Khator celebrates UH graduation rate topping 60 percent
President Renu Khator on Wednesday at her annual fall address highlighted the University’s six-year graduation topping 60 percent for the first time.
“Since our story is about momentum, we are now moving the target to 70 percent,” Khator said, “which will take us in the top quartile of public universities.”
The annual speech by Khator spotlights the achievements by the University, with stories and figures showing how much UH has grown and also future initiatives. Khator focused on a theme of momentum: achievements that happen because of hard work and innovation, not by accident or coincidence.
She recognized and told the stories of many students and faculty bringing innovation to UH, such as mechanical engineering senior, and HCC transfer, Monica Martinez.
Martinez found calcium sulfide in a sample of lunar dust collected during Apollo 17, the last human mission to the moon in December 1972.
Khator said that she is thankful for transfer students’ decision to attend the University and for all of their accomplishments, such as Martinez’s.
“Monica Martinez is proof that amazing things can happen if you just stay focused on your dream,” Khator said.
There are now 8,300 beds in University housing with an additional 2,700 in private, near-campus housing, Khator said. The President said these students have higher success, attention and GPA rates. This year 5,682 freshman enrolled in what Khator called the largest class to date.
For achievements in diversity, Khator recognized that faculty diversity since 2008 has gone up. UH has added 100 African-Americans, 182 for Asian-Americans and 103 for Hispanic-Americans faculty members.
“Diversity makes us all stronger and better,” Khator said.
Among academic advancements, Khator celebrated the rise of student athlete cumulative GPAs, which she said has risen from an average of 2.69 in 2008 to 2.94 in 2019. The President said that the University hopes to break the 3.0 average soon.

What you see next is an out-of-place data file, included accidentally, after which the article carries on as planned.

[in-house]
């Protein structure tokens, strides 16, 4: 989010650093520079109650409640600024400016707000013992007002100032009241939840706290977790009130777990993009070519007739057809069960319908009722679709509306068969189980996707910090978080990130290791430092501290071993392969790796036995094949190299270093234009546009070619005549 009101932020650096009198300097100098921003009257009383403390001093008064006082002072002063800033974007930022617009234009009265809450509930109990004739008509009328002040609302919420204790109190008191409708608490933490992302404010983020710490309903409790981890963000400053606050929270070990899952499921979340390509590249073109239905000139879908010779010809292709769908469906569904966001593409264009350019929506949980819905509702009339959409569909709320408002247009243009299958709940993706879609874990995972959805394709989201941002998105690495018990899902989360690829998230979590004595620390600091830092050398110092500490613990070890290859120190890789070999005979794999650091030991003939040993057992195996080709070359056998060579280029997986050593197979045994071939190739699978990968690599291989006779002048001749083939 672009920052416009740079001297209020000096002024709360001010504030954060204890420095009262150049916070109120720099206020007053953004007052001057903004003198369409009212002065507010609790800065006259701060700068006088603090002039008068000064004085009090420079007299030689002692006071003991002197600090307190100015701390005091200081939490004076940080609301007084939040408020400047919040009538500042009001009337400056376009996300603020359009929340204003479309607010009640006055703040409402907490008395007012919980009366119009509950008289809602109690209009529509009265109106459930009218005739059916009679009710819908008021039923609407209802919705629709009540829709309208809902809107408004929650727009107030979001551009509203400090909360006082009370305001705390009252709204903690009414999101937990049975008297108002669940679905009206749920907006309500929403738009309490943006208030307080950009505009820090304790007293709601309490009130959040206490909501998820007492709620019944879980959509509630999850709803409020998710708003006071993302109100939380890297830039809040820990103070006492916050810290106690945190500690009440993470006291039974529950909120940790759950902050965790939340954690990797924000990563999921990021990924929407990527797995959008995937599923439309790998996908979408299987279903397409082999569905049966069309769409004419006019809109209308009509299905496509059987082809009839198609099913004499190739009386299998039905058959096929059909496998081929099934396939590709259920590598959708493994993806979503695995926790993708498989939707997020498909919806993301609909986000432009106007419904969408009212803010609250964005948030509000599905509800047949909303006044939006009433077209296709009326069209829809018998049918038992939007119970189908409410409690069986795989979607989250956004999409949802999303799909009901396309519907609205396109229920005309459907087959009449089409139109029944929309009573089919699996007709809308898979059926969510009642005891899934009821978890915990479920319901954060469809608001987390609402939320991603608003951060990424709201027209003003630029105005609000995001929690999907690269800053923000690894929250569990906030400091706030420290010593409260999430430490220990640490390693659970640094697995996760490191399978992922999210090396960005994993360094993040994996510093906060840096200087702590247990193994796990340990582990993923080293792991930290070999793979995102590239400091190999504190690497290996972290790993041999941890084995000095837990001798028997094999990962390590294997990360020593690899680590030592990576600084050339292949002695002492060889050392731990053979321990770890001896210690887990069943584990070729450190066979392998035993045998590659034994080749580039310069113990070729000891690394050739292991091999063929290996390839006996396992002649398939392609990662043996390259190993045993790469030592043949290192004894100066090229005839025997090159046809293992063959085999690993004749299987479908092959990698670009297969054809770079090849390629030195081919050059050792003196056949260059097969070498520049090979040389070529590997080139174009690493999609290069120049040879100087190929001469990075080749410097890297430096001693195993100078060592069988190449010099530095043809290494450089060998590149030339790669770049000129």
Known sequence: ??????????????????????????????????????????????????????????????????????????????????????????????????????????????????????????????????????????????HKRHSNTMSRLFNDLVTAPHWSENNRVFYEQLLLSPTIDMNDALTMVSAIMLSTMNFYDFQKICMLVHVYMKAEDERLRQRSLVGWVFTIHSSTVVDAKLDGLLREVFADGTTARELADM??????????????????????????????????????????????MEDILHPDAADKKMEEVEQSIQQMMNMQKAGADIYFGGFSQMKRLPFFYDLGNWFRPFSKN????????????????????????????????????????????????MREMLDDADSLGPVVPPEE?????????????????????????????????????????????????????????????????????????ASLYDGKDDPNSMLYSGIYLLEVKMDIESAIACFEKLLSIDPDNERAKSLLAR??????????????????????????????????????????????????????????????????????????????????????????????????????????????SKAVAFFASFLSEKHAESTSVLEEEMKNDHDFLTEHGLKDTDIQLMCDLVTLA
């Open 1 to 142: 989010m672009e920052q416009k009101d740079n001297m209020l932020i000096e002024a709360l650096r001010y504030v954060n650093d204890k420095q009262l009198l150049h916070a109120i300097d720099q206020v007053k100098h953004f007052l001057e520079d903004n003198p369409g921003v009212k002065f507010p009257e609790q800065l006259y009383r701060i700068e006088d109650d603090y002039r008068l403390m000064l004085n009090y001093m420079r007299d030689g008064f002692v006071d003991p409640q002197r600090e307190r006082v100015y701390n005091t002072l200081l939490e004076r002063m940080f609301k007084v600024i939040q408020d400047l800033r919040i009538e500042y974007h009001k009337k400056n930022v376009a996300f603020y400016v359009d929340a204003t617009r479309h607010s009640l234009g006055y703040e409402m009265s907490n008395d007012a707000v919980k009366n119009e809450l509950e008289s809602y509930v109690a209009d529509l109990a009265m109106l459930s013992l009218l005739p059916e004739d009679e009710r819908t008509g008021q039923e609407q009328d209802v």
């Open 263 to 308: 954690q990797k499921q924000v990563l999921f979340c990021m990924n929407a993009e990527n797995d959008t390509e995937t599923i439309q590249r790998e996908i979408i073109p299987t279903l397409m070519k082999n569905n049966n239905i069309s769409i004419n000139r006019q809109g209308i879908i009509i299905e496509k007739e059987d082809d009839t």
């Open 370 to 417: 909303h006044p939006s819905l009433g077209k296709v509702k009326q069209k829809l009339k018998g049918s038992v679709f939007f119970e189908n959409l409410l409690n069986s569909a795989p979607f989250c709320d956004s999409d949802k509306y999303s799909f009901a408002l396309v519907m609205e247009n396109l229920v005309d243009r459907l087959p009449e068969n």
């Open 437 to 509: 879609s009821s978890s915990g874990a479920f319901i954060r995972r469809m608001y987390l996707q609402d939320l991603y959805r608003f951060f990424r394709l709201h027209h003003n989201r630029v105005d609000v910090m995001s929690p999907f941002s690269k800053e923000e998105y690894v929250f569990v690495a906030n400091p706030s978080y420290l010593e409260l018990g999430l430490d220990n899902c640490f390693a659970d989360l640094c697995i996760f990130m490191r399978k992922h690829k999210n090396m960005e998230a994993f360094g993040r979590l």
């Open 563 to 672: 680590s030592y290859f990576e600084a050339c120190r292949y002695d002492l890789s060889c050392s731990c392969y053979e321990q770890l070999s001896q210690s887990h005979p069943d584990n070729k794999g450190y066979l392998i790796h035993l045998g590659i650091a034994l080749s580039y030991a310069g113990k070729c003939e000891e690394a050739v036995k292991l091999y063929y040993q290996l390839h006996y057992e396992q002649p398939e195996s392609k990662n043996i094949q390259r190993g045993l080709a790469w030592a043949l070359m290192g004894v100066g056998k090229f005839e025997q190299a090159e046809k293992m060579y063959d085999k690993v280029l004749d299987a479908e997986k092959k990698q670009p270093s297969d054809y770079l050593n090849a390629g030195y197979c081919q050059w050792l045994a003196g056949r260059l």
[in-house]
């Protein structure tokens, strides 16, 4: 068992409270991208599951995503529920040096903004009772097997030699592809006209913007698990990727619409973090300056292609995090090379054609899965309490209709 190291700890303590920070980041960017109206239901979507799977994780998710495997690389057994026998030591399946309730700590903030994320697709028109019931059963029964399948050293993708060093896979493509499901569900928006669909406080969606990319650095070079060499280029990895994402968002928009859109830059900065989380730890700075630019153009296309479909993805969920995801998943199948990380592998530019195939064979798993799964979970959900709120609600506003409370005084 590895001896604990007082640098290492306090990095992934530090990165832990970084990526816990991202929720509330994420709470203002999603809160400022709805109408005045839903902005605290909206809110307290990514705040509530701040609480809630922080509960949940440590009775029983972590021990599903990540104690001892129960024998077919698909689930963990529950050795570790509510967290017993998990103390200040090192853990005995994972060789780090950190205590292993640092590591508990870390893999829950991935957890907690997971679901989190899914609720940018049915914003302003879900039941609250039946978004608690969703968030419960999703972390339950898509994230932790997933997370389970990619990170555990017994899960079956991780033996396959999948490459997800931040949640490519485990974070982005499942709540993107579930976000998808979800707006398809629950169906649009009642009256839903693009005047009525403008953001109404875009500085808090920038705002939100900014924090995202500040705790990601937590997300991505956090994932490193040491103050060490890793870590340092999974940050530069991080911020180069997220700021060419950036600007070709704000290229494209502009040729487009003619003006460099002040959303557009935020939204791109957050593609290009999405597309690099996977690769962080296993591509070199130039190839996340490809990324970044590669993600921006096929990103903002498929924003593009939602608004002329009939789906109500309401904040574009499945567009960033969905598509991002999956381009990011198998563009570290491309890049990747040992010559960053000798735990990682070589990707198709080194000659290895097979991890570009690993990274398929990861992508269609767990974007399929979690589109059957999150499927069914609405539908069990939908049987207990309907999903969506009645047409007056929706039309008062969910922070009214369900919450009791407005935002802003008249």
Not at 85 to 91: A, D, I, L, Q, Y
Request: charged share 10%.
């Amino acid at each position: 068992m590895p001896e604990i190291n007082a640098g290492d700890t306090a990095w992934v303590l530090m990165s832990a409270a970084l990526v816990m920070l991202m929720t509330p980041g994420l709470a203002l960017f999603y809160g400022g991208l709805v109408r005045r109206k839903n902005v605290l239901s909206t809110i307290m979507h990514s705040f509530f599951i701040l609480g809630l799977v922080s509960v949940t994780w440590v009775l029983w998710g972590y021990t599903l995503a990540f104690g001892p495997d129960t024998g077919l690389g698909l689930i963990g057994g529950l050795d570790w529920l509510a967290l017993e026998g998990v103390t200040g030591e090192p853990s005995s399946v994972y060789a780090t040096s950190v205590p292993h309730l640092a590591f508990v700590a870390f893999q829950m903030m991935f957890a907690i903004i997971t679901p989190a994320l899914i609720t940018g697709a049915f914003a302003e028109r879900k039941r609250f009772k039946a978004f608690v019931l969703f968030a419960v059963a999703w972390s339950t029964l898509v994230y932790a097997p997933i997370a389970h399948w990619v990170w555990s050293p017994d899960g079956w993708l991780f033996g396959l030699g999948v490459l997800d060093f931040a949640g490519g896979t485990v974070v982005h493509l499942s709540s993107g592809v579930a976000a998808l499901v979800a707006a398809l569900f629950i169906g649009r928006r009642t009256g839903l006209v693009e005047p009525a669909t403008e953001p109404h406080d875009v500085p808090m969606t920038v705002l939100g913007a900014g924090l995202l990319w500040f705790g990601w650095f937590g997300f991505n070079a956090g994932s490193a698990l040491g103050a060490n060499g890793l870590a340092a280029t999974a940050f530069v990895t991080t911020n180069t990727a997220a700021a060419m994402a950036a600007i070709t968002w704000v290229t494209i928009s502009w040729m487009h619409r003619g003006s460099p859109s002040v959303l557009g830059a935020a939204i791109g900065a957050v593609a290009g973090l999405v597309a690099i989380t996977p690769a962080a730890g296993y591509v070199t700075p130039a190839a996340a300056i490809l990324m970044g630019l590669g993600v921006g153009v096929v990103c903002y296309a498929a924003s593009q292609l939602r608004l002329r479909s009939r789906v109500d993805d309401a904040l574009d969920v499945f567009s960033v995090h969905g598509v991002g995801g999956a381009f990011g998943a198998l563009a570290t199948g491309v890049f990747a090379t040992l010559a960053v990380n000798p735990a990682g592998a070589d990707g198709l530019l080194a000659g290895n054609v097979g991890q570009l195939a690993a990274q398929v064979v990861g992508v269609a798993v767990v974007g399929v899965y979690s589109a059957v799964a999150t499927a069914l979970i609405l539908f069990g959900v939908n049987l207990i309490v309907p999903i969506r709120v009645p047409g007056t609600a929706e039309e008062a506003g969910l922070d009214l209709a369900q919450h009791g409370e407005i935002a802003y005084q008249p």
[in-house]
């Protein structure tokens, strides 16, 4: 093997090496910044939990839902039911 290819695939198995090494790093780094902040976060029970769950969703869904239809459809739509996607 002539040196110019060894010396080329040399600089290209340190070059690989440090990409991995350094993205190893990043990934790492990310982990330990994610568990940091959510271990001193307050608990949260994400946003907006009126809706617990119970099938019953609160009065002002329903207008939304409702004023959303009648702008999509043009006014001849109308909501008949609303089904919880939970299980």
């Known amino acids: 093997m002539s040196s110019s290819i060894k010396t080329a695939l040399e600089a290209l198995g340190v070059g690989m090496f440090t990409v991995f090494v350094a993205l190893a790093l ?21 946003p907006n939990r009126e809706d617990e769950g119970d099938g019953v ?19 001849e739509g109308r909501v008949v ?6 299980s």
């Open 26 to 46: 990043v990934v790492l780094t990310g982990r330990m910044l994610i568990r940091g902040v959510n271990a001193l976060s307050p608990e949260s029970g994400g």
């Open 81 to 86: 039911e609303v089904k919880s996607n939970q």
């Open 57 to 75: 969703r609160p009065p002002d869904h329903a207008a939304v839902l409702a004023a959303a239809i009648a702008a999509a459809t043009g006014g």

The crowd cheered when a little robot that looked like a cooler on wheels rolled onto the stage. It was a new food delivery robot that will be soon be able to bring ordered food on campus.
Khator opened its lid and pulled out a container as the robot said, “Thank you and go Coogs.”
A a record-breaking anonymous donation of $50 million, called the Aspire fund, has allowed for UH to implement of a variety of new “interdisciplinary studies, faculty, STEM initiatives and top talent” at four new institutions, Khator said.
“If this isn’t a vote of confidence for the momentum and the direction of the University than I don’t know what is,” Khator said.
Khator said that the Houston is a powerhouse of many industries, and provides many opportunities for innovation and startups. UH supports $6.4 billion of the greater Houston region’s income and 61,751 jobs.
“Houston will not only need a larger workforce, but a workforce that is hungry for innovation and that is not afraid of trying, failing and trying again,” Khator said.
UH plans to follow through with three initiatives in the upcoming future: a strategic planning process, budget transparency initiative and a centennial master plan.
“There will always be those with resistance creators,” Khator said. “There will always be those who say no, but always remember your yes has to be bigger than their no.”